2017 December 2
A Great Year for the Geminids!
Active from December 6-17, but with a slow rise to maximum, the Geminids are currently the richest of the regular annual meteor showers, producing an abundance of bright meteors, with rates outstripping those of the August Perseids for a 24-hour interval centred on their 14 December maximum – a real treat for observers prepared to brave the winter winds, cold and damp.
The other good news is that Geminid maximum this year occurs just before new Moon, so there will be no interference by moonlight, enabling many fainter meteors to be seen in addition to the brightest members of the shower. This year, the time of Geminid maximum is especially favourable for observers in Europe, with peak activity expected at about 02h on Thursday, December 14, when the ZHR may again reach 100 to120 meteors per hour.
In recent years, from the UK, the Geminids have shown typical peak observed rates of 70-80 meteors per hour in good skies. The maximum is quite broad, however, and respectable Geminid rates may be expected throughout the nights of December 13/14 and 14/15. Past observations have shown that bright Geminids become more numerous some hours after the rates have peaked, a consequence of particle-sorting in the meteoroid stream.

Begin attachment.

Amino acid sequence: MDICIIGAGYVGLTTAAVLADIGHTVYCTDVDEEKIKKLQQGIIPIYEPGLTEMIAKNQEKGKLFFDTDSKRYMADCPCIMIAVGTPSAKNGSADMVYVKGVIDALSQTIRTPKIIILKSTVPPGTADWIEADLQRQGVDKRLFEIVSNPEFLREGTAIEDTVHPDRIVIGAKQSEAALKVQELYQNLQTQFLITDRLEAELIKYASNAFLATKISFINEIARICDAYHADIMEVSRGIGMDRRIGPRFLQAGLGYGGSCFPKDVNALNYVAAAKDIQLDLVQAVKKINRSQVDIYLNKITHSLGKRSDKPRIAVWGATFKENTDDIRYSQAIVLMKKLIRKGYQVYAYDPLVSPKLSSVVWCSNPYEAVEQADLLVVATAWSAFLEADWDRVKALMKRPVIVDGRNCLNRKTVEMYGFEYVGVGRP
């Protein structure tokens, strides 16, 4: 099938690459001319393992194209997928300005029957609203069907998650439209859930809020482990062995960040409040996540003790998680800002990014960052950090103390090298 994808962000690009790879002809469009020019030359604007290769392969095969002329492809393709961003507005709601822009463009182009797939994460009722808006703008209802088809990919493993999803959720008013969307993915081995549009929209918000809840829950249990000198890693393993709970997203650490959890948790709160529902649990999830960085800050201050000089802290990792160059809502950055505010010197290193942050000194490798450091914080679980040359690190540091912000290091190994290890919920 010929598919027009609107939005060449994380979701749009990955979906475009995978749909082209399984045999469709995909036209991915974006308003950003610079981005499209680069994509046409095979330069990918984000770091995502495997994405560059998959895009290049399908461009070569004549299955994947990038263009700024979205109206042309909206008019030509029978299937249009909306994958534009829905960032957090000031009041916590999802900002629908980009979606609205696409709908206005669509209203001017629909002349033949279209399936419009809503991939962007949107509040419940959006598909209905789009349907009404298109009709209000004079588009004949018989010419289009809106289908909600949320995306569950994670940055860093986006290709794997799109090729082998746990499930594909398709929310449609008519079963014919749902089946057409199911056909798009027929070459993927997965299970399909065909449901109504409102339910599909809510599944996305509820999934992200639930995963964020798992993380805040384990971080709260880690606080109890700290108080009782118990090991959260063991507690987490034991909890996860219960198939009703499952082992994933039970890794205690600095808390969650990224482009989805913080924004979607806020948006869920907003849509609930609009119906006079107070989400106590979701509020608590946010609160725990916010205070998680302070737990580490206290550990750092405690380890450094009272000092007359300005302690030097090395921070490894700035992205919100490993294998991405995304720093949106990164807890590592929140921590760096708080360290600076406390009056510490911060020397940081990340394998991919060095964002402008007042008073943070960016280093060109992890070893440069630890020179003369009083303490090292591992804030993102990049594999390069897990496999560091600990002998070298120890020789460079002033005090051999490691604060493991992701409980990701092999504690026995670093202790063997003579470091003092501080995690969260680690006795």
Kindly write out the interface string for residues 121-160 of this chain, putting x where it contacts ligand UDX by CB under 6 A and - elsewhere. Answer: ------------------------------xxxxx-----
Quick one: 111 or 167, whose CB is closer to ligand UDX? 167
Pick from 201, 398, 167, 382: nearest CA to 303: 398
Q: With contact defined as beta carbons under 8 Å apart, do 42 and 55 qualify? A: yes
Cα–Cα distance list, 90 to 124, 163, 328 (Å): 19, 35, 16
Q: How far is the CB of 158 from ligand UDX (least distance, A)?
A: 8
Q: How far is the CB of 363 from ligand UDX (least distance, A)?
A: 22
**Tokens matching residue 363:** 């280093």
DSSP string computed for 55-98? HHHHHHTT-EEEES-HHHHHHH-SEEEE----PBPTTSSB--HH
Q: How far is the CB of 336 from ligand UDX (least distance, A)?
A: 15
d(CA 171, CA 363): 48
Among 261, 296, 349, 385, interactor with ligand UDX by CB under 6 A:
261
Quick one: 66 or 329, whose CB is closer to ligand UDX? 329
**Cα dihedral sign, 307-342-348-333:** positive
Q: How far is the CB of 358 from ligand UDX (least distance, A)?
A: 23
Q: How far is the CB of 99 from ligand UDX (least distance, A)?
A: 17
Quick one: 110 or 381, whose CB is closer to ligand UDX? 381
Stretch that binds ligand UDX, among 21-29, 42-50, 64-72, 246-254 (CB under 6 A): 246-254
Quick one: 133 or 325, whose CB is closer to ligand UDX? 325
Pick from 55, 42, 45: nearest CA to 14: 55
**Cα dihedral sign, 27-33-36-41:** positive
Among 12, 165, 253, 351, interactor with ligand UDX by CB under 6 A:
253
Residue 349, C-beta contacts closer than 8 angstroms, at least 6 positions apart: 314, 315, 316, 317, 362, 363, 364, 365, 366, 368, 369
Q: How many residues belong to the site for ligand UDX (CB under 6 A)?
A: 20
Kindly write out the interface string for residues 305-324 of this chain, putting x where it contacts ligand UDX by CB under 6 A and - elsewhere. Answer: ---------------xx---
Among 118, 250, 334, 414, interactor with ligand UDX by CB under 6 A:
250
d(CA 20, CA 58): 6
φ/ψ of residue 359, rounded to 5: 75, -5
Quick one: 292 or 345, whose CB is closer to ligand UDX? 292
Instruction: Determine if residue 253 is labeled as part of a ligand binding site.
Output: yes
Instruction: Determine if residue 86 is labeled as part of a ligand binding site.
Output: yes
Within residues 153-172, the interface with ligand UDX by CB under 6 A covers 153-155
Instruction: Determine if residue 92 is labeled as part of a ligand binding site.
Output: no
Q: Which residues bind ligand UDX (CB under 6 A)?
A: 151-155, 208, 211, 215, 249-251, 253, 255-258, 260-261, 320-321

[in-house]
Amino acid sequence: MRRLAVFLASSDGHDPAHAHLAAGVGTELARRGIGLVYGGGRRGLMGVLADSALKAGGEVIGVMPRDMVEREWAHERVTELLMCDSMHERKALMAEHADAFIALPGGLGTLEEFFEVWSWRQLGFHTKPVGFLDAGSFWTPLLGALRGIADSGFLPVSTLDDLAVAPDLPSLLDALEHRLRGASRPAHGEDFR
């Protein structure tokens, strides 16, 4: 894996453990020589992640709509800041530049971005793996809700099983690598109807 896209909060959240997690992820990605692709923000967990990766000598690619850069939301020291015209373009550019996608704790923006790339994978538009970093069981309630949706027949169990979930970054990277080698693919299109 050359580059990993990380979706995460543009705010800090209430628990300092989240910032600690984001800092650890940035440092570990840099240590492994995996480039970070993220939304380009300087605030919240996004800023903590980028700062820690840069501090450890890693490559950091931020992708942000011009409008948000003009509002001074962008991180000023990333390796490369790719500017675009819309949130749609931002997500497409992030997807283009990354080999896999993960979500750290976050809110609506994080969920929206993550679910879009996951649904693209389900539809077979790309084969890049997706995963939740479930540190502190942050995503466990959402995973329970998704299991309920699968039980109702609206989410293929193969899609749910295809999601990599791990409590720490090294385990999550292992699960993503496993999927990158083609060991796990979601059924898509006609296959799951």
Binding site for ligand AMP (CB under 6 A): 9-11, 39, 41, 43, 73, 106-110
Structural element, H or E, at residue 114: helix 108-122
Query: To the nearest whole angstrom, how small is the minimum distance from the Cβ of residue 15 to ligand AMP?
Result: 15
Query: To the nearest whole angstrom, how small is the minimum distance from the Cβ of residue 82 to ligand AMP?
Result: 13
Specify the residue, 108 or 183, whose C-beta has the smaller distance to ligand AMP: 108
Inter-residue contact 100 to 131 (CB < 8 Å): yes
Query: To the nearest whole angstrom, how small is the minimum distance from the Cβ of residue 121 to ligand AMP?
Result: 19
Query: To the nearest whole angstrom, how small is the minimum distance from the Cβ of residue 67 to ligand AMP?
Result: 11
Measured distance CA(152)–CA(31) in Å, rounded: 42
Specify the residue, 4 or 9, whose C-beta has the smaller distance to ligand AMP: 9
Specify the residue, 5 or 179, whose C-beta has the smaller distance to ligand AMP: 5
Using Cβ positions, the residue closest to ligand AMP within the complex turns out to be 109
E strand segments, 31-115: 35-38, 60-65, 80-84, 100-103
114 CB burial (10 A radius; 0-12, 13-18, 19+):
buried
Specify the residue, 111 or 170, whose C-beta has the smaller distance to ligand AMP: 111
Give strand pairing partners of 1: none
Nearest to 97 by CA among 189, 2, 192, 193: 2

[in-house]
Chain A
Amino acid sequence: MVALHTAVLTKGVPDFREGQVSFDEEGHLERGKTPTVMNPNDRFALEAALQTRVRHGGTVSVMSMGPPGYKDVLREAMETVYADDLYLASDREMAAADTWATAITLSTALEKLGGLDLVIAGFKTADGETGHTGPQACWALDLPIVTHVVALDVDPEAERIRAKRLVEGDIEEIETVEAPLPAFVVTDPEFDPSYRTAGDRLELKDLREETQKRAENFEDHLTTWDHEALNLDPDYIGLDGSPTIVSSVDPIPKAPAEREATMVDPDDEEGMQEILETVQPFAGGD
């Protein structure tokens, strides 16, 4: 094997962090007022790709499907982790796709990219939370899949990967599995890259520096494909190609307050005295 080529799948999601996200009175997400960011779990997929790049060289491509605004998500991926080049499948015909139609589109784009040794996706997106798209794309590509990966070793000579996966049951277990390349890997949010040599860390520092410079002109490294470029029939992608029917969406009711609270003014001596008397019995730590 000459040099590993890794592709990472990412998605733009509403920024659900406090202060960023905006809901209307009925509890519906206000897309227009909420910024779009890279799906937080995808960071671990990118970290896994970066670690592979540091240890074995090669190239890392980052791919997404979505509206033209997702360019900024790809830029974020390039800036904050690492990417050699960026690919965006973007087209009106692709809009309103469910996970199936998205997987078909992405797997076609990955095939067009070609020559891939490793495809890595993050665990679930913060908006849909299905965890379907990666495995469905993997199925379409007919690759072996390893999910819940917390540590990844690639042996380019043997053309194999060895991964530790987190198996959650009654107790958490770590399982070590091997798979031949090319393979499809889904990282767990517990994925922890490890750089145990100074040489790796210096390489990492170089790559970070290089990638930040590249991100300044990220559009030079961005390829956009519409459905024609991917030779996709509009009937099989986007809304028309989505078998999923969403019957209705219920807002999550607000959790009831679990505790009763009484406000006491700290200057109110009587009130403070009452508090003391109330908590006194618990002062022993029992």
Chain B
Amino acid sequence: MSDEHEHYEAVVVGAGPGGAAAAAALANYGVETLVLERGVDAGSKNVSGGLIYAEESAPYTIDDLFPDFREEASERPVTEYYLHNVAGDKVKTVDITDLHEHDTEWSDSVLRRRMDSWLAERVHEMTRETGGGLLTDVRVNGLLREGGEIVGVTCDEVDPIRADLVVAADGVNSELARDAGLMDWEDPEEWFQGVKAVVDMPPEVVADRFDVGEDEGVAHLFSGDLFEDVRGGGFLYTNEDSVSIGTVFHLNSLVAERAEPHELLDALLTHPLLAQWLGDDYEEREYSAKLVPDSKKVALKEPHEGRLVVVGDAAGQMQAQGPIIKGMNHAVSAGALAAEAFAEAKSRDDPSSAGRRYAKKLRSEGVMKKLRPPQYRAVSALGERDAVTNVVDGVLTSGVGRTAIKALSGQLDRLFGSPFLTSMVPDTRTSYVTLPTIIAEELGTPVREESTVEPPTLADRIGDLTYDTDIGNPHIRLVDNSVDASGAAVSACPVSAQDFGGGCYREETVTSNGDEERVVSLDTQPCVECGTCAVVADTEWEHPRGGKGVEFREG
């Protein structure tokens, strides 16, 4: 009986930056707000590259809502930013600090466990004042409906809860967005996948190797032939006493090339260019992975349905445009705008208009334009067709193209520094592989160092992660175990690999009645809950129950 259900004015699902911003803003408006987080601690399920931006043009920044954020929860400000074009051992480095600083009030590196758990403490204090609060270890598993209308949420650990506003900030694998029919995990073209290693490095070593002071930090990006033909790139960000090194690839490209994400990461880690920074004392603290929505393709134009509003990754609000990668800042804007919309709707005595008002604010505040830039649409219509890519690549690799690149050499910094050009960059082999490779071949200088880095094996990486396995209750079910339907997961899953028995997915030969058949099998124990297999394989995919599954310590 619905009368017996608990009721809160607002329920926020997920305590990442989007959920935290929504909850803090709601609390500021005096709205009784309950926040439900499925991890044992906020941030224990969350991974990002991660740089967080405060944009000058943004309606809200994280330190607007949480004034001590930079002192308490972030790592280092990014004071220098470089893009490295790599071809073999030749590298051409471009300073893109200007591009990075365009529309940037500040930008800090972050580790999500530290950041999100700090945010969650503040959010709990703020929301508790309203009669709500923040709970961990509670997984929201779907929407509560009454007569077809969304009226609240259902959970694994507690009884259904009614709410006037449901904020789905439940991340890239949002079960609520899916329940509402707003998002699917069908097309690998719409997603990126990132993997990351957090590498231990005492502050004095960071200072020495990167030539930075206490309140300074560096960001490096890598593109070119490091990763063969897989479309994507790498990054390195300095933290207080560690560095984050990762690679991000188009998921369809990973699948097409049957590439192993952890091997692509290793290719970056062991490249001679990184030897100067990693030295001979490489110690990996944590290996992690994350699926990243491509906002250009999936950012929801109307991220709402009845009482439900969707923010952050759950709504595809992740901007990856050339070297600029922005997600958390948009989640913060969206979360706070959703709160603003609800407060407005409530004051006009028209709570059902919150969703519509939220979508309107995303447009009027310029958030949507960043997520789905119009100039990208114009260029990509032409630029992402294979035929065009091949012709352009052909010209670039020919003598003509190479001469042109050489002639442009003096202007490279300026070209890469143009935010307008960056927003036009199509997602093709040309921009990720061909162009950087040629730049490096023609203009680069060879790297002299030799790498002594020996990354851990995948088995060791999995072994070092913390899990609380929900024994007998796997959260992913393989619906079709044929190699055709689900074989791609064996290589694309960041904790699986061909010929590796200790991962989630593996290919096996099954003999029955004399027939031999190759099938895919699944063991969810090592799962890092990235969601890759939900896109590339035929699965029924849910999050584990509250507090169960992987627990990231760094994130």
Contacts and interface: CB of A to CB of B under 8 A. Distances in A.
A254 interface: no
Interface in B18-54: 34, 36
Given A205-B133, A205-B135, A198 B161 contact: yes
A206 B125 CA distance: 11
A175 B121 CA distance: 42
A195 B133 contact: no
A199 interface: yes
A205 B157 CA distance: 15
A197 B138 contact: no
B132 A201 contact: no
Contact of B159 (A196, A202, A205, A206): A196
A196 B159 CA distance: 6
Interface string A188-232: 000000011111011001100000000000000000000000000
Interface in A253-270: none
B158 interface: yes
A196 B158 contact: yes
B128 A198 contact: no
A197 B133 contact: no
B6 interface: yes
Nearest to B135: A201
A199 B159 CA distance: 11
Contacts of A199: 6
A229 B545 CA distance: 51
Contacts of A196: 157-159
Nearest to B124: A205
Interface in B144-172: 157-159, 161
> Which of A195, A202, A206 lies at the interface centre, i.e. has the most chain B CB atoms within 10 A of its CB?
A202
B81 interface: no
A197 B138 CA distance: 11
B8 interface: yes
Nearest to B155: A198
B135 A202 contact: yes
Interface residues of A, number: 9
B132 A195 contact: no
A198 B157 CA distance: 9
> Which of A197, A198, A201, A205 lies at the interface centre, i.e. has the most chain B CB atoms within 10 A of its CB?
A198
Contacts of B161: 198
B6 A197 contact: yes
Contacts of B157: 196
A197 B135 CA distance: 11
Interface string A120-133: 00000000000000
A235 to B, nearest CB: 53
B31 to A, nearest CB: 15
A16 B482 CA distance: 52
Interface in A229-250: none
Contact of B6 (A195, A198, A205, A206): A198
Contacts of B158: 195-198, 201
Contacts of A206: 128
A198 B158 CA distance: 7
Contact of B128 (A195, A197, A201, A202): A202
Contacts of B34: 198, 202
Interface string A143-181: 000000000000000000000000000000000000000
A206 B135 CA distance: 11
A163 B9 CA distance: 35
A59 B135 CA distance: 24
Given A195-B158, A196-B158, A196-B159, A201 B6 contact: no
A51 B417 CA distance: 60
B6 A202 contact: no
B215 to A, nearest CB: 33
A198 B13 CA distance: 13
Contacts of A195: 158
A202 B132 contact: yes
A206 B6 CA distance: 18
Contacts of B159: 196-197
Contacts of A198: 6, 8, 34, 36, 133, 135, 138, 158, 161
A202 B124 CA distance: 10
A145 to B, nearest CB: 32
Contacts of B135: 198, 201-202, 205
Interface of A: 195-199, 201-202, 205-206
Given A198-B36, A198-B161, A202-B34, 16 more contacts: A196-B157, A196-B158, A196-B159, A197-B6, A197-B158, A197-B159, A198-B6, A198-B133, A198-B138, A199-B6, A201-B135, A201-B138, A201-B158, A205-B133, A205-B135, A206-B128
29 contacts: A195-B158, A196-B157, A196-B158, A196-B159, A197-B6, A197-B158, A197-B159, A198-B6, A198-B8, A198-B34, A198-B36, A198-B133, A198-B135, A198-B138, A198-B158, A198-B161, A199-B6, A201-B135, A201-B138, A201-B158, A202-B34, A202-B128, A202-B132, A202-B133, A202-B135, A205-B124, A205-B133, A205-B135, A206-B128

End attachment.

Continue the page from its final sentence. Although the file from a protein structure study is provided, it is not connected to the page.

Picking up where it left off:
The Geminid shower radiant (at RA 07h 33m, Dec +32o, just north of the first magnitude star Castor) rises early in the evening and reaches a respectable elevation above the horizon (> 40o) well before midnight, so observers who are unable to stay up late can still contribute very useful watches. However, the early morning hours of Thursday, 14th December are likely to see the greatest Geminid activity, when the radiant is high in the sky.
As with any meteor shower, when observing the Geminids it is best to look at an altitude of 50o (about the same altitude as the Pole Star from southern parts of the UK) and 40-50o to either side of shower radiant, rather than looking directly at the radiant itself, although Geminid meteors may appear in any part of the sky. December nights can be quite chilly, especially in the early morning hours, so wrap up well with plenty of layers of warm, dry clothing and make sure that you wear a hat, gloves, thick socks and sensible waterproof footwear.